I read about those who, instead of mentioning the victims or their human claims, emphasize and condemn the disproportion of forms. The Yankees, at least, no longer disguise their contempt for a country that Trump placed on the grand rank of “shit holes”. This also applies to the fascist forces in the neighbouring Dominican Republic that are mobilizing their troops on the border. A journalist of certain renown hurls a question through the nets: is the Dominican Republic prepared for an irregular war? Its enemy is imaginary, lacks armed forces, and is harmless as far as international security is concerned. The one who is pressing there is really the inner black, the one that white supremacism and the fantasy Hispanic geneaologies have not yet managed to assume. The black Dominican who is projected, with all his demons, to the blackest Haiti, that is so similar below. The French, violent parents of the Haitian creature, deserve a separate mention. Journalists, ongueros, embassy staff and even a French teacher: they all seem oblivious to their own colonial adventures from Haiti to Algeria, from Indochina to Louisiana. They even put on the light and generous cloak of progressivism by pointing out the “excesses of zeal” and the interference of the Americans. And yet, so pathetically evident is his irremediable nostalgia for the snatched “pearl of the Antilles”. Repeatedly pointing out the failure of the Haitian experiment has no other purpose than to point out, tacitly, that the country would be better off being a tame and bent French Overseas Department, like Martinique or Guadeloupe. No creol, no voodoo, no flag, no underdevelopment, no revolts, no national pride. Without blacks, in short.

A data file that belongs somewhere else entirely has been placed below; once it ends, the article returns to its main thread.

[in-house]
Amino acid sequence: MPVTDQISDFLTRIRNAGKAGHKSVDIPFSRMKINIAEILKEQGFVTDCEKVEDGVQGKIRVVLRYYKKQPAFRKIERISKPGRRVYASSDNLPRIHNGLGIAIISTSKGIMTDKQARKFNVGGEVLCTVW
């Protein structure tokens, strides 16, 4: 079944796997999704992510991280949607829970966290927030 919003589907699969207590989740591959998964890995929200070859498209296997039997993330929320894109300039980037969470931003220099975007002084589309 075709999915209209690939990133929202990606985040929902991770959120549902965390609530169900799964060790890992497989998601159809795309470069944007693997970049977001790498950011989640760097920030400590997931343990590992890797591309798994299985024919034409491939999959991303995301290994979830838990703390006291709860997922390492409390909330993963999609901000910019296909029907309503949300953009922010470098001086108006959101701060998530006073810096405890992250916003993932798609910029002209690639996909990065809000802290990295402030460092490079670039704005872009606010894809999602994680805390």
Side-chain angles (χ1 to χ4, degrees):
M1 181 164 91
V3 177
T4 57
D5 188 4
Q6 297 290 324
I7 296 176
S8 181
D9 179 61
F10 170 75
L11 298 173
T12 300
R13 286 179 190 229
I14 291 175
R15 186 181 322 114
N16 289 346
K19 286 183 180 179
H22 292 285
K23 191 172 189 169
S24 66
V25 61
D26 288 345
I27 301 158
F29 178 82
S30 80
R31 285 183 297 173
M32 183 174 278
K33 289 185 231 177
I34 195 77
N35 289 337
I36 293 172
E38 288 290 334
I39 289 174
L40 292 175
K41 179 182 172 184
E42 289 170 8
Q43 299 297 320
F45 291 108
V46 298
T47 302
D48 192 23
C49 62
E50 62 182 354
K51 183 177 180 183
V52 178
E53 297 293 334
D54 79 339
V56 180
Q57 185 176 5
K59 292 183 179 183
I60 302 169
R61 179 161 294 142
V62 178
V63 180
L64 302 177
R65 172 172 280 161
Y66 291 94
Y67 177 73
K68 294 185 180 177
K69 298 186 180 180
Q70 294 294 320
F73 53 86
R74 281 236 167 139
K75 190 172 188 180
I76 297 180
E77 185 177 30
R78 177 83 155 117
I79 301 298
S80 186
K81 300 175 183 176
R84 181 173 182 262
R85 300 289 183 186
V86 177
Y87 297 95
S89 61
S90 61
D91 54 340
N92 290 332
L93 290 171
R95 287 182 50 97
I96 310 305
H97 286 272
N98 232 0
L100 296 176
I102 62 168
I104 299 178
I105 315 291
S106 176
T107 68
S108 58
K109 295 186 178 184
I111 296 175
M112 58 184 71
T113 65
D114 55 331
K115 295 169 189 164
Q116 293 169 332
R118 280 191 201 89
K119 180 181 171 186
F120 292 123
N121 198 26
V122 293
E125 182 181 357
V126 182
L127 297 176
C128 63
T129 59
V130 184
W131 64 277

A little less than a century after the birth of the Antillean Frantz Fanon, we still ignore almost everything about the violence of the wretched of the earth. It is as if we were saying: to die of hunger is admissible, yes, but it is not to lose one’s composure. As if humanity were more defined by the rules of good neighbourliness than by the food that sustains a body, the inevitable recipient of humanity. There are those who will never understand the cathartic dimension of these social revulsions that try to vomit out an entire caste, the administrators and winners of the most unequal and unjust social order built by the capital on this side of the planet. Dechukay refers to this kind of operation that we saw on September 27. The word that applies to the removal of a cancer, to something that must be deeply and radically eradicated, even at the risk of removing healthy tissue with it. Without these recurrent insurrections, the Haitian people would long ago have died of starvation or, worse still, indignity. A peaceful people like very few others, but who remember, from their first Revolution, that freedom is won and that fire kills as much as it redeems. That, as that proverb says, the Constitution is made of paper and the bayonet is made of metal. These are Leka’s people, who want work, schools and their populous open markets. That’s all.
Lautaro Rivara is a sociologist and holds a PhD in History (UNLP). Poet and journalist ad dolorem. Yerba mate smuggler and international brigadist in Haiti from ALBA Movimientos.
Translation by Internationalist 360°